Madan Veera, Balbir Madhopuri and Desraj Kali

The post lunch session saw autobiographical writings from Kerala, moderated by K. Satchidanandan who talked about how autobiographies are never “dull” literatures because they are not only an insight into oneself but talk about the human condition in general. C.K. Janu started the discussion by addressing the need for an “Adivasi” literature, how a state like Kerala, where the literacy rate is the highest, still sees no recognition for the tribals and how women are twice affected by this on levels of both class and gender. Next was Sister Jesme, who talked about the marginalization that she encountered within the Church and addressed how religion and politics mesh together to bind a woman. This was followed by a moving personal account by Nalini Jameela who talked about a sex worker’s life. The last speaker was Pokkudan, who is one of the leading environmentalists in India, and touched upon politics in Kerela and his identity as a Dalit which earmarked him as a target of the party.
In the Urdu session, renowned Urdu poet Sheen Kaaf Nizam, Prof. Sadique, Alok Srivastav and Giriraj Kiradoo debated about the death of the Mushaira. All the poets rejected the idea that the Mushaira as a tradition is on the wane, rather, it has changed. After a question and answer session with the audience, the poets all read out their work.

Alok Srivastav , Sheen Kaaf Nizam, Prof. Sadique, and Giriraj Kiradoo

The evening ended with an exciting qawwali performance by the Nizami brothers.

DAY 3:
‘Hindi publishers need to reach their readers’

In the morning sessions of the third and final day of Samanvay: IHC Indian Languages’ Festival, authors from Tamil and English shared their experiences in writing.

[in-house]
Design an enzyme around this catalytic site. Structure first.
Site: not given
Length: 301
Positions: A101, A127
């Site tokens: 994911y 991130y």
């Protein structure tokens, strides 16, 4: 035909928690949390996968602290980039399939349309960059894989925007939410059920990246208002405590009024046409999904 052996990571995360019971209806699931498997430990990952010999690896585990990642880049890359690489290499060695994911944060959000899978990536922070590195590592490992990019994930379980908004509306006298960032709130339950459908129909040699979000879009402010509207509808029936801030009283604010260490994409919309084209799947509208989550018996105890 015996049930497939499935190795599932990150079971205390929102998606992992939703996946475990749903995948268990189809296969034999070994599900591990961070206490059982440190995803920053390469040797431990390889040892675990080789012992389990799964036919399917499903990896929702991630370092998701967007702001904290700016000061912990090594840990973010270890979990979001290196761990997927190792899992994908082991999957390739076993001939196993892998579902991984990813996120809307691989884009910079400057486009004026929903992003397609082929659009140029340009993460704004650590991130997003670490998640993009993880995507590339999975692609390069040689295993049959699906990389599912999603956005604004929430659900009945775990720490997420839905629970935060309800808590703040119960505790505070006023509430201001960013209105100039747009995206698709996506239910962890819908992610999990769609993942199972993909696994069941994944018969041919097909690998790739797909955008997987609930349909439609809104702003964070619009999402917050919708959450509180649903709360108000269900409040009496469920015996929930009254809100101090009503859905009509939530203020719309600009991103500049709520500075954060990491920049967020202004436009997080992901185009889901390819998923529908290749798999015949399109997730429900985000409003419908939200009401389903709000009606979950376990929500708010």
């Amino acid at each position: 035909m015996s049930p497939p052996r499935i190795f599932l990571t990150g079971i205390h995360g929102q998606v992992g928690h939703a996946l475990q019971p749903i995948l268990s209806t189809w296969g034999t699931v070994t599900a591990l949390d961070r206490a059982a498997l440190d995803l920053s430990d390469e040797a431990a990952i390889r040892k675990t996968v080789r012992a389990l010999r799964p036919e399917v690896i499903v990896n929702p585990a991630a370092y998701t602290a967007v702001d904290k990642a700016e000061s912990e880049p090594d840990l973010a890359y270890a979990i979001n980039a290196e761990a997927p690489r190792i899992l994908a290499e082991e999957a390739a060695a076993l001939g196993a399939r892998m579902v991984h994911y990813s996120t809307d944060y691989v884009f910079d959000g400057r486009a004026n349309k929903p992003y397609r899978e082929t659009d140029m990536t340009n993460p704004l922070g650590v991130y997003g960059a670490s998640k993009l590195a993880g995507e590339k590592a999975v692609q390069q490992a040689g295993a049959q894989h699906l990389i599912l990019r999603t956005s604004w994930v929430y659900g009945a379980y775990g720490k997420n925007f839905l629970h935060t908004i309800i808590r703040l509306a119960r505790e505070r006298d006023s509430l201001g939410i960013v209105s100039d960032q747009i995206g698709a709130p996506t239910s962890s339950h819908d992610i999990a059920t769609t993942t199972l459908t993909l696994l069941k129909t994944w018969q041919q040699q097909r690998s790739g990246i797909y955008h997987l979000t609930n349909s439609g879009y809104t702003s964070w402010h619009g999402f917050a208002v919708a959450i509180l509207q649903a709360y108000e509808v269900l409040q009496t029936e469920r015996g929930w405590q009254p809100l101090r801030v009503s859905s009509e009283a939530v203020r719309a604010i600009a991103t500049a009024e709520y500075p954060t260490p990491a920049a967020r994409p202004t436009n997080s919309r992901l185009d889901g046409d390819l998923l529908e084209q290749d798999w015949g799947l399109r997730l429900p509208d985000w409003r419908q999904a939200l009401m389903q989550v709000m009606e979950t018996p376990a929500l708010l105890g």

The Tamil session discussed ‘Women Writing the Body’. Iconic Tamil poet P. Sivakami moderated the session, which also included the poets Kutti Revathi, Salma, Sukirtharani and Malathi Maithri, who talked about their experiences of bias due to their gender and how poetry, and the body in poetry became their site of resistance against this discrimination.

Arundhathi Subramaniam

The session concluded with poetry readings by the Tamil poets. Arshia Sattar and Arundhathi Subramaniam also read English translations of Kutti Revathi and Salma’s poems.

English writers, Arshia Sattar, Basharat Peer, Annie Zaidi and Aman Sethi, moderated by Chandrahas Choudhury, talked about the challenges of non-fiction writing, especially long-form non-fiction, in the Indian scenario on the next panel entitled “Indian English Writing: Beyond Fiction”.


The consensus was that the biggest factor contributing to this was the lack of resources directed towards it by Indian publishers. They also spoke about the difficulties of translation they encountered in the journalistic and book-length work. This was followed by readings by Rahul Pandita and Arundhathi Subramaniam from their books of non-fiction.

Rahul Pandita

The post-lunch session on Bengali talked about poetry and the popular, and featured renowned poets Nabarun Bhattacharya, Subodh Sarkar, Ujjal Singha and Srijato, on a panel moderated by academic Dr. Paromita Chakravarti. They also read their poetry, in the original and in English translations.

The final session was a discussion by publishers, editors and writers on the search for new readers in Hindi publishing. They spoke about how there certainly were readers for Hindi literature, but that it was imperative to find new ways to reach out to them.

S. Nirupam, Rajendra Yadav and Ravish Kumar

Ravish Kumar of NDTV said that TV had managed to find a new breed of super-viewers for itself and that literature needed to do something similar. The consensus was that it was a multi-level problem that publishers, distributors and writers all needed to work to solve. On the panel were novelist and editor of Hans, Rajendra Yadav, Aruni Maheshwari of Vani Prakashan, Neeta Gupta of Yatra Books, poet and editor Mangalesh Dabral, and co-editor of Pratilipi Giriraj Kiradoo. The session was moderated by S. Nirupam of Delhi Press. Prior to the session, Mahesh Verma read his poetry and Prabhat Ranjan read from his forthcoming book, Badnaam Basti.

The 3-day festival ‘Samanvay’ concluded with an address by Raj Liberhan, Director of the India Habitat Centre, with an announcement for the second Indian Languages’ Festival to be held in November 2012.